BU DFM and Lesotho Boston Health Alliance (LeBoHA) Cut the Ribbon on the Bill Bicknell Academic Center

BMC’s Integrative Medicine Program is in the News!   

Public- Private Partnership Improves Health Care in Lesotho

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“It gives me great joy to report that the newest class of five registrars (residents) have begun their training in our Lesotho-based Family Medicine Specialty Training Program (FMSTP). Following a model similar to that of South Africa, these physician trainees are based in four different hospitals throughout the northern districts of Lesotho and come together one week per month for four years at Motebang Hospital in the Leribe district for focused group education sessions. The FMSTP is the first accredited physician training program ever in Lesotho… “

Read the rest of Dr. Brian Jack’s letter in the April Newsletter.

You can also click here to view the Ribbon Cutting Ceremony slideshow!

“Boston Medical Center (BMC) has a new program to provide acupuncture services in group settings to people living with HIV/AIDS. The departments of family medicine and infectious diseases, as well as the Program for Integrative Medicine and Healthcare Disparities, will make these services available to the approximately 1,600 HIV/AIDS patients in care annually at BMC, as well as accept referrals from the community. Providers recently implemented the process of in-taking patients, which includes a one-on-one acupuncture consult. After intake, most patients will be treated in group visits….”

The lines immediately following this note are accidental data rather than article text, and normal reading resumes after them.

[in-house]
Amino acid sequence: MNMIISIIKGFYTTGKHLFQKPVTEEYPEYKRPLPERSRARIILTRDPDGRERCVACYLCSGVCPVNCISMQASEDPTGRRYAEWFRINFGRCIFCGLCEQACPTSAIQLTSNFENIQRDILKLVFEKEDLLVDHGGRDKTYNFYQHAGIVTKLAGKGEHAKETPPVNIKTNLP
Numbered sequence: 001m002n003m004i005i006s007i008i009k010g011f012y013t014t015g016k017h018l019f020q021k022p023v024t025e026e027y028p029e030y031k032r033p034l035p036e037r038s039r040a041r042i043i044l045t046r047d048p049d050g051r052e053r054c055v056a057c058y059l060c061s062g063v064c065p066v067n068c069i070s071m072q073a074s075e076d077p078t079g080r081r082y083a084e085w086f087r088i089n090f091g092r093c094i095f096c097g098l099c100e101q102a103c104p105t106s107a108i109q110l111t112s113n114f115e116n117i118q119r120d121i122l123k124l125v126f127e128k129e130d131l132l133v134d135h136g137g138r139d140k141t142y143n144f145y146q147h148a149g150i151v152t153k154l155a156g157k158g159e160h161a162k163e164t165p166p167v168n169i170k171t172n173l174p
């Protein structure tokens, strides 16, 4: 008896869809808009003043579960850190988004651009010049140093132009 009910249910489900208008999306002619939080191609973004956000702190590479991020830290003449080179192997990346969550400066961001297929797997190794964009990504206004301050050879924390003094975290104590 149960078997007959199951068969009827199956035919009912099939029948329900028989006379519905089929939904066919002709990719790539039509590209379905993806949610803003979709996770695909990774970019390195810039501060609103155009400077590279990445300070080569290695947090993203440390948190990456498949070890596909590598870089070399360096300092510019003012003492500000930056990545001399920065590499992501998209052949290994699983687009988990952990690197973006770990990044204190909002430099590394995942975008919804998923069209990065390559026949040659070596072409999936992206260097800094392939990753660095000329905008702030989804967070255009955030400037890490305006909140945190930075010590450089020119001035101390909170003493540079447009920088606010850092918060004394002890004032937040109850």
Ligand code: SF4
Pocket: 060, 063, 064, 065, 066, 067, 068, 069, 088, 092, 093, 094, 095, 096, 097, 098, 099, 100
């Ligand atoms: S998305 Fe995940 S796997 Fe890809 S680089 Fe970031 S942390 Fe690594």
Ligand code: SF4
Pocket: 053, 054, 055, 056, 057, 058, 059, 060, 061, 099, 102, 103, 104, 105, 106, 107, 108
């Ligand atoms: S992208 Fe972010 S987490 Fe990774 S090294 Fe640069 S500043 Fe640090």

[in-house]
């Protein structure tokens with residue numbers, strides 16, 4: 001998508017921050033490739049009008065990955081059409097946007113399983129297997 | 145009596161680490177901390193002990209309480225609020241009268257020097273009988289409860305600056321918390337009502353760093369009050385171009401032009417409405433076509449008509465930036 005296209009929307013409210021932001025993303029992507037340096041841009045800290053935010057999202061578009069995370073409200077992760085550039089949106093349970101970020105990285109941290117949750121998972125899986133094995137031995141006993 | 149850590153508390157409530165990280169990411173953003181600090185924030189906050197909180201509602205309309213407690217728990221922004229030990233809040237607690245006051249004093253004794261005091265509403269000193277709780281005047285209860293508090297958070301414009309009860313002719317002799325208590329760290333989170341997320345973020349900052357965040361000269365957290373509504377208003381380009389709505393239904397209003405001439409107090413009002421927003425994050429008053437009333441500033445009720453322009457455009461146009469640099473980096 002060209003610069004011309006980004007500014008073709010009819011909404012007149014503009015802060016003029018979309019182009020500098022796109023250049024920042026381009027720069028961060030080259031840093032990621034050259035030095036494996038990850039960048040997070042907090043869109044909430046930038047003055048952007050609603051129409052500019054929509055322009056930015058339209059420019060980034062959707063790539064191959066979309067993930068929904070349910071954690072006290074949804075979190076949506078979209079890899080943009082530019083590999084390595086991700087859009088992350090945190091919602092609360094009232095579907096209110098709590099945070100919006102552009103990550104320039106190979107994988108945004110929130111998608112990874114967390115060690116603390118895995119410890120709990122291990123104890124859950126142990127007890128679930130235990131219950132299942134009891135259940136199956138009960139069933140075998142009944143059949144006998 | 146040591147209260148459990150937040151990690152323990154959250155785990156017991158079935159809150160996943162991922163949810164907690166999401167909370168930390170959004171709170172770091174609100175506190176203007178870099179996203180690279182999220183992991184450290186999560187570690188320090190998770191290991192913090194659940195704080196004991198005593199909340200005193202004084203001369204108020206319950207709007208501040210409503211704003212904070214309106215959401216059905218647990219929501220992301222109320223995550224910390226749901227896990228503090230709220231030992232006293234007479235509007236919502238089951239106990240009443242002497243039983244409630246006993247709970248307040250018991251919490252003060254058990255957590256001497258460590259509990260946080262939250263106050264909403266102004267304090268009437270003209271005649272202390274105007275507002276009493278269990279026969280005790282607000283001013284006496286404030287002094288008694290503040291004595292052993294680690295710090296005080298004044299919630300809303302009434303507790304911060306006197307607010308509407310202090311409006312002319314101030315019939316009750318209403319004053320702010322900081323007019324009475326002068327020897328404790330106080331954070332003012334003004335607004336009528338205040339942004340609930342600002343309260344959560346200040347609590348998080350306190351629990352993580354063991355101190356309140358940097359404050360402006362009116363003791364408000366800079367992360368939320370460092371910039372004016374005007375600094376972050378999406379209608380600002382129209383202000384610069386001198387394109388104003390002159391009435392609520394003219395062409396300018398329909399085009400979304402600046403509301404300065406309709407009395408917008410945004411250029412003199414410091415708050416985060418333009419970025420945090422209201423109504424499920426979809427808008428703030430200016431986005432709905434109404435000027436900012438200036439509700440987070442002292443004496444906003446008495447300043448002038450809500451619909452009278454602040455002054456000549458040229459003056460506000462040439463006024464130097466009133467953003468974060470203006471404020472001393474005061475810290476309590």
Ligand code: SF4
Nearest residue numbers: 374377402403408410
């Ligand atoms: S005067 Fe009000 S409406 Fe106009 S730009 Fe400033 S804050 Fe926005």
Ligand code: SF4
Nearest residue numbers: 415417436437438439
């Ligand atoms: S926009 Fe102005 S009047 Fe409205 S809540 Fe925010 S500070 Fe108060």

Continue reading the article here!

 “Clinical services and patient outcomes improved at a hospital network in Lesotho after its operations were shifted from the government to a public-private partnership, a new study led by Boston University global health researchers reports.

The study in the journal Health Affairs gauged changes that occurred after the government of Lesotho entered into a partnership with a private consortium in 2008 to build and run its national referral hospital and three affiliated community-based clinics. At the time of the shift, the network was struggling with staff shortages, aging infrastructure, and declining service quality.”

To read more, click here!